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Michaelis, Sir Archie Reuben Louis (1889–1975)

by J. S. Levi

This article was published in Australian Dictionary of Biography, Volume 15, (MUP), 2000

Sir Archie Reuben Louis Michaelis (1889-1975), businessman, politician and Jewish leader, was born on 19 December 1889 at St Kilda, Melbourne, eldest child of Australian-born parents Frederick David Michaelis, merchant, and his wife Esther Zillah, née Phillips. Moritz Michaelis was his grandfather. His aunt Alice Michaelis was a founder (1912) and president (1944-46) of the Lyceum Club, Melbourne. The close-knit family gathered at Linden, the Michaelis mansion in Acland Street, St Kilda, on Friday nights to observe traditional ceremonies and rituals in preparation for the Sabbath. Archie attended Wesley College, Prahran, and Cumloden School, East St Kilda; in 1903 his parents took him to England and enrolled him at Harrow School.

Returning to Melbourne in 1908, he entered the family tannery business, Michaelis, Hallenstein & Co. Pty Ltd. In 1912 he was sent to England to gain experience in the firm's London office. He served (from 1914) in the Honourable Artillery Company and went with his battery to the Middle East. After being commissioned (1916) in the Royal Field Artillery Special Reserve, he was posted to Ireland and Greece. He trained for the Royal Flying Corps in Egypt in 1917, but contracted malaria and influenza and was repatriated in 1919. Archie's brother and three first-cousins had died or been killed in World War I, and the family required his active involvement in the business. On 14 January 1920 at Tusculum, Potts Point, Sydney, he married his cousin Claire Esther Hart (d.1973).

In the late 1920s Michaelis began to take an interest in politics. He became associated with the Australian Legion and later the Young Nationalist Organisation, and valued his lifelong friendship with (Sir) Robert Menzies. In 1932 he was elected to the Victorian Legislative Assembly for the United Australia Party, wresting what had been the safe seat of St Kilda from the Australian Labor Party. During the 1935 election campaign anti-Semitic pamphlets were distributed in St Kilda. In parliament, Michaelis was the foremost advocate of legislation (1939) that made third-party motorcar insurance compulsory; towards the end of World War II he worked to prevent the transfer of vital powers from the States to the Commonwealth. In 1945, with (Sir) Thomas Maltby and three other dissident Liberals, he helped Labor to defeat the Dunstan-Hollway government. From 2 October to 21 November he was minister without portfolio in Ian Macfarlan's 'stop-gap' government. He rejoined the Liberal Party in December 1946. Elected Speaker in 1950, Michaelis served in that role until his retirement in 1952. He was knighted that year.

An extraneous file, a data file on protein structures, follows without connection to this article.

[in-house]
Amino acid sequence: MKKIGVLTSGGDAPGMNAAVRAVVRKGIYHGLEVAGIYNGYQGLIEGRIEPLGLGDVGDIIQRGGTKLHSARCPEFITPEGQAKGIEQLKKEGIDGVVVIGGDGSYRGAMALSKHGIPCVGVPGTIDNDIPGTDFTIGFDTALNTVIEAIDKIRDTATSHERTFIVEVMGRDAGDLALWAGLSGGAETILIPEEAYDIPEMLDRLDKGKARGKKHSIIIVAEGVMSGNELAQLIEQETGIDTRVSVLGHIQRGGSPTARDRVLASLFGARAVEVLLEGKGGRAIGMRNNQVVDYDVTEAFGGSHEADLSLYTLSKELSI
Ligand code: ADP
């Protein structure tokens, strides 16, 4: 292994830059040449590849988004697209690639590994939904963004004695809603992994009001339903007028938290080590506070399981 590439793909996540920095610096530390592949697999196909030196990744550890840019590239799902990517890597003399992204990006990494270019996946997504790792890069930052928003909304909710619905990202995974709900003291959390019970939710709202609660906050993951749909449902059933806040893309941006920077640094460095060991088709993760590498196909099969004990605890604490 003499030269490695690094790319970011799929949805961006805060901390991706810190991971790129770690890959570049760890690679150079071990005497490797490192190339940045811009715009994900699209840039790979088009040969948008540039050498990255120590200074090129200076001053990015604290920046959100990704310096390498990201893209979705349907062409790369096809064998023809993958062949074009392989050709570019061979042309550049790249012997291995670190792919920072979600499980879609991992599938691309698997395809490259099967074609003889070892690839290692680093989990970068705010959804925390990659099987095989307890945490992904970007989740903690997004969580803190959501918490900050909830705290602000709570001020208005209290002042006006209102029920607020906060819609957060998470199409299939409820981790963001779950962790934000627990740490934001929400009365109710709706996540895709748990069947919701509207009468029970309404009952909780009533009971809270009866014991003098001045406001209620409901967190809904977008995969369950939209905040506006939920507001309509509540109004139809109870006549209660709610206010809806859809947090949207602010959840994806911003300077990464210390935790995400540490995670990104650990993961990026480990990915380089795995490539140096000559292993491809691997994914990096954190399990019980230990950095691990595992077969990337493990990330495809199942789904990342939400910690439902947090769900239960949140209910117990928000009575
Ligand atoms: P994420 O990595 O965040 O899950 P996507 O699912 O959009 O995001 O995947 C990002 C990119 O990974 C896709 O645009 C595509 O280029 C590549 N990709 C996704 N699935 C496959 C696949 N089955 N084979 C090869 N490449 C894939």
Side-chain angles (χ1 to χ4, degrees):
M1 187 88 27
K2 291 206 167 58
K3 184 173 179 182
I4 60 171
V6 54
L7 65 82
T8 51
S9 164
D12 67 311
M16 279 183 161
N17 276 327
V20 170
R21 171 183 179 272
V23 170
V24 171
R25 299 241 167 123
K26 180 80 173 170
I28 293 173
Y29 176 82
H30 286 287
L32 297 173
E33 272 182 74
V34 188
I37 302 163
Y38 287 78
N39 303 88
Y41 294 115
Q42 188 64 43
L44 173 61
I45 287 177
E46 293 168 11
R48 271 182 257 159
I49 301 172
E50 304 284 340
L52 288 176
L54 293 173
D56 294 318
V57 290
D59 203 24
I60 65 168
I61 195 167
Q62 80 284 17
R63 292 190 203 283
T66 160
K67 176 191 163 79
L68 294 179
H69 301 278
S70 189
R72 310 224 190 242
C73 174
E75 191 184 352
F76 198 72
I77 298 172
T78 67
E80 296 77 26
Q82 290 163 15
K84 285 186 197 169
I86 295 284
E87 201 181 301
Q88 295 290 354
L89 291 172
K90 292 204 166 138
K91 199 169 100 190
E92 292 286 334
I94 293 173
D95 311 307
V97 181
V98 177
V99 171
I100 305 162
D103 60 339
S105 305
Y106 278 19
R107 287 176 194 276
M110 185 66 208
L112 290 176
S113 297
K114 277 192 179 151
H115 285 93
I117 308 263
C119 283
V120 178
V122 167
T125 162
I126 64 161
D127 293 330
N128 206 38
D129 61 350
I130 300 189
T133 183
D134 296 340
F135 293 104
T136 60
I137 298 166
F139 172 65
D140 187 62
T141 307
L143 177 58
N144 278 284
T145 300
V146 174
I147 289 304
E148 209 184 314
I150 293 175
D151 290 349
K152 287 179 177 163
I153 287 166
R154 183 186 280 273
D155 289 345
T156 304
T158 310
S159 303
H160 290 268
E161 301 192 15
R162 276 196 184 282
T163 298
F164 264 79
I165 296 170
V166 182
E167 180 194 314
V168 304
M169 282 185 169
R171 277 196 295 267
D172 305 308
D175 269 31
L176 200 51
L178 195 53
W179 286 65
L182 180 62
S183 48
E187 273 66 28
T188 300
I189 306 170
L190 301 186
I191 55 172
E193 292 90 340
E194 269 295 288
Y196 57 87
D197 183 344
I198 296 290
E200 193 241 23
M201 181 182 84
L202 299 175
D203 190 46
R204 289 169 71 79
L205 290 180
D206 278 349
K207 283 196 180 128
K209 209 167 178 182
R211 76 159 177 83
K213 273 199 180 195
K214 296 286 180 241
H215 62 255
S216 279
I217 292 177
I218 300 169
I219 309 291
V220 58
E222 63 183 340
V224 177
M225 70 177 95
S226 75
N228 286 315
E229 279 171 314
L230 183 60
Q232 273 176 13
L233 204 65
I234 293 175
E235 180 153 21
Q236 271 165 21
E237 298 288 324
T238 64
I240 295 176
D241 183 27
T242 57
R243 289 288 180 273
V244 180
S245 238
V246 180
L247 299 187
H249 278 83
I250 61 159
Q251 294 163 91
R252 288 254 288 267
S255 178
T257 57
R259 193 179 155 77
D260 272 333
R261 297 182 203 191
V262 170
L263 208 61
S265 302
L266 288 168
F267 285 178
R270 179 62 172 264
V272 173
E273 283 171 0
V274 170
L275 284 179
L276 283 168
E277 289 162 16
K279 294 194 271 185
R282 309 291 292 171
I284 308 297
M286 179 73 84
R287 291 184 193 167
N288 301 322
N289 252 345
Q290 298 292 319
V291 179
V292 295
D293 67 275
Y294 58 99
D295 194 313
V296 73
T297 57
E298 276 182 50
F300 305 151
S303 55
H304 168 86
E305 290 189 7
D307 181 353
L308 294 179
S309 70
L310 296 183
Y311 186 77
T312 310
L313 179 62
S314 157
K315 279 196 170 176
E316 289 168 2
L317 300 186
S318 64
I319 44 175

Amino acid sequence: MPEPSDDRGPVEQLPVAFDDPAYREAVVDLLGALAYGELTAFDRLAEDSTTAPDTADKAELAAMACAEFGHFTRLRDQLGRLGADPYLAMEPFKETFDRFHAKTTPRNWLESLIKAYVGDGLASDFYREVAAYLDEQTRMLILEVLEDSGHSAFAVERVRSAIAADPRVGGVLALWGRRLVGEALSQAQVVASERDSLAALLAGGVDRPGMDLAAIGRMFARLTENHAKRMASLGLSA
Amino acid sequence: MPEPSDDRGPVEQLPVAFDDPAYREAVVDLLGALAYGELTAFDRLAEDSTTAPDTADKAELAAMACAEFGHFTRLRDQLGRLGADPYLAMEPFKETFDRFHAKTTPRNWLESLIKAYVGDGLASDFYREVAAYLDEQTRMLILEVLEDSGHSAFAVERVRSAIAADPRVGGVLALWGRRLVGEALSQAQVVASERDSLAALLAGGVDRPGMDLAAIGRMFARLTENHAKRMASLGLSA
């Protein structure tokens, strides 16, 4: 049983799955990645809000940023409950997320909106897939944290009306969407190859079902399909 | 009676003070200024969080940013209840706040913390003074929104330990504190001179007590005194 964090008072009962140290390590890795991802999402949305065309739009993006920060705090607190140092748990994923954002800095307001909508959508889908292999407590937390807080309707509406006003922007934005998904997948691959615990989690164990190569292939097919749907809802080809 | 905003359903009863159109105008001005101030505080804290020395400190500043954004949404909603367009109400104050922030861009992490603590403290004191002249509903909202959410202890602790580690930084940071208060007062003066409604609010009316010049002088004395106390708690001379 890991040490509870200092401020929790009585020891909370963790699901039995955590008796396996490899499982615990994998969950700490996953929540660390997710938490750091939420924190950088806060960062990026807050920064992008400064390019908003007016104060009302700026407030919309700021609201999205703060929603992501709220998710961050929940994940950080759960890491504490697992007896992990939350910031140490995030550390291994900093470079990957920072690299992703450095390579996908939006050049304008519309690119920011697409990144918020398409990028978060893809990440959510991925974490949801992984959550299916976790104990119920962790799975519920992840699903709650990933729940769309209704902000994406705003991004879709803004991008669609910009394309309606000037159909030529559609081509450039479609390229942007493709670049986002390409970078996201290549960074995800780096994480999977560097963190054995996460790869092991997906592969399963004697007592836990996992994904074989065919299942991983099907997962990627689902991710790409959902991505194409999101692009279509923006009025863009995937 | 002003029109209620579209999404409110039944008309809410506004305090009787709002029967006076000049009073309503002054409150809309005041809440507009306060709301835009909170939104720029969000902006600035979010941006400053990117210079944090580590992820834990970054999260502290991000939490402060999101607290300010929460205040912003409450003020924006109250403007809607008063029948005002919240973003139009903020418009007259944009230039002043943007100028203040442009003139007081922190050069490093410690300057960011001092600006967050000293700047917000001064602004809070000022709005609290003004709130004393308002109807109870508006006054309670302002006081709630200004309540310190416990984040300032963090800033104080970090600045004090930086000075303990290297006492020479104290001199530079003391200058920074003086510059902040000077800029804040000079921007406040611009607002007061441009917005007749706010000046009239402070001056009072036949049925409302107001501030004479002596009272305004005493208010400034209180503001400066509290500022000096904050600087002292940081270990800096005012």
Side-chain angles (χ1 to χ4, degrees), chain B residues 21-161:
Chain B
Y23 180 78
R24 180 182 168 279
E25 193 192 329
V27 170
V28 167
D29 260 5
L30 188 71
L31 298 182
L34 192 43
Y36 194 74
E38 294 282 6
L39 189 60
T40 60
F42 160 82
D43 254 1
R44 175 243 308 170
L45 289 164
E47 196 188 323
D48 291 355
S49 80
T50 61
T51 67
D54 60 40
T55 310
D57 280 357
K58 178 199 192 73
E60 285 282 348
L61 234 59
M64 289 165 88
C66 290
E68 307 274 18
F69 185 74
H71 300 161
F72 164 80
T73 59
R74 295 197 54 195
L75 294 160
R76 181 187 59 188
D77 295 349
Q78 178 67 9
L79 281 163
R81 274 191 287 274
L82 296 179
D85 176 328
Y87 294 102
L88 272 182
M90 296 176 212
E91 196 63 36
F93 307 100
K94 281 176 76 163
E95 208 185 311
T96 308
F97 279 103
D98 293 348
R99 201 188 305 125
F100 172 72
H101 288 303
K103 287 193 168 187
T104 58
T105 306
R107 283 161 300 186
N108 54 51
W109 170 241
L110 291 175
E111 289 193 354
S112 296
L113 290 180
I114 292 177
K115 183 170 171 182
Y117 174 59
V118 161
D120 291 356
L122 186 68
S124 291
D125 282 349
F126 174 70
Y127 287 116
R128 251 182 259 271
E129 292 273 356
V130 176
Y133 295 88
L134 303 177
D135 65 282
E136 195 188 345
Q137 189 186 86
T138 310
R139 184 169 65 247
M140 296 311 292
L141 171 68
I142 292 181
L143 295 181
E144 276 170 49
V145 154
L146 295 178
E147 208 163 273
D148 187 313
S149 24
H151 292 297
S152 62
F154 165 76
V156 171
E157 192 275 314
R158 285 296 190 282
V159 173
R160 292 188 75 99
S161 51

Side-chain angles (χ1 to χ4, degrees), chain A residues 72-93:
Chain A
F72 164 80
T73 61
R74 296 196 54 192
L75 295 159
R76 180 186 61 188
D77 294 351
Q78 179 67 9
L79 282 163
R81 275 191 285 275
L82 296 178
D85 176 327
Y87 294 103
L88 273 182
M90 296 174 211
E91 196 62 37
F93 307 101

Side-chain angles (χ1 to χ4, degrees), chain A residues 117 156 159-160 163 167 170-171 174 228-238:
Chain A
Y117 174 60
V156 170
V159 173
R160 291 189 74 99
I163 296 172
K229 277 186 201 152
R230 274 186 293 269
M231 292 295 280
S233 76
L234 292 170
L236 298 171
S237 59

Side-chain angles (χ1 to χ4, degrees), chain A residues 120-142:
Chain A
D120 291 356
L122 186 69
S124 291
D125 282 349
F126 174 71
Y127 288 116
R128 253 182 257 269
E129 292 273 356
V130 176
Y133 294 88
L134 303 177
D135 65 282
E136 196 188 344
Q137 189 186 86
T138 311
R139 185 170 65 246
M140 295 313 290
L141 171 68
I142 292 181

Chairman (1948-65) of the family firm and of its parent company, Associated Leathers Ltd, Michaelis was a generous supporter of charities. As treasurer of the Emergency Relief Committee, he had helped Jewish victims of the 1929 riots in Palestine. He was a member (1940-70), president (1945) and chairman (1947-51) of the Patriotic Funds Council of Victoria, and a board-member (1935-72) and vice-president of the Alfred Hospital. He also chaired the Victorian branch of the Australian Jewish Historical Society and served on the board of the Melbourne Jewish Philanthropic Society.

Like his father and grandfather before him, Michaelis was president and a trustee of the St Kilda Hebrew Congregation. He was a friend and disciple of its rabbi, Jacob Danglow, whose wife was his aunt. Michaelis became a defender of the Anglo-Jewish establishment within the Australian Jewish community. As founding president (1939-40) and spokesman of the Victorian Jewish Advisory Board, he resisted attempts to secularize the Jewish community's leadership. Opposed to Zionism, he publicly defended Sir Isaac Isaacs's anti-Zionist letters and articles. When some member of the Jewish community condemned Isaacs and his supporters, Michaelis declared that he would not be 'dragooned into silence'. In 1947-48 he helped to fund the short-lived anti-Zionist journal, Australian Jewish Outlook. Like Danglow, he later made his peace with the independent state of Israel.

In retirement, Sir Archie maintained a lively interest in community affairs and wrote frequent letters to the press. He relinquished his membership of the Victoria and Peninsula golf clubs and his social games of tennis, but continued to enjoy a weekly game of poker, crossword puzzles and reading (he was vice-president of the Kipling Society, London). In 1966 he published a brief memoir, Before I Forget. Survived by his three daughters, he died on 22 April 1975 at South Yarra and was buried in St Kilda cemetery.

Select Bibliography

  • The Michaelis, Hallenstein Story 1864-1964 (Syd, 1964)
  • P. Aimer, Politics, Power and Persuasion (Syd, 1974)
  • W. D. Rubinstein, The Jews in Australia, vol 2 (Melb, 1991)
  • Parliamentary Debates (Victoria), 23 Apr 1975, p 5299
  • Australian Jewish Historical Society, Journal, vol 8, part 1, 1975
  • Sydney Morning Herald, 22 Feb 1935, 3, 10 Oct 1945, 11 Dec 1946
  • Age (Melbourne), 23 Apr 1975
  • Sun News-Pictorial (Melbourne), 23 Apr 1975
  • family papers (privately held).

Citation details

J. S. Levi, 'Michaelis, Sir Archie Reuben Louis (1889–1975)', Australian Dictionary of Biography, National Centre of Biography, Australian National University, http://adb.anu.edu.au/biography/michaelis-sir-archie-reuben-louis-11117/text19795, published in hardcopy 2000, accessed online 1 October 2014.

This article was first published in hardcopy in Australian Dictionary of Biography, Volume 15, (MUP), 2000

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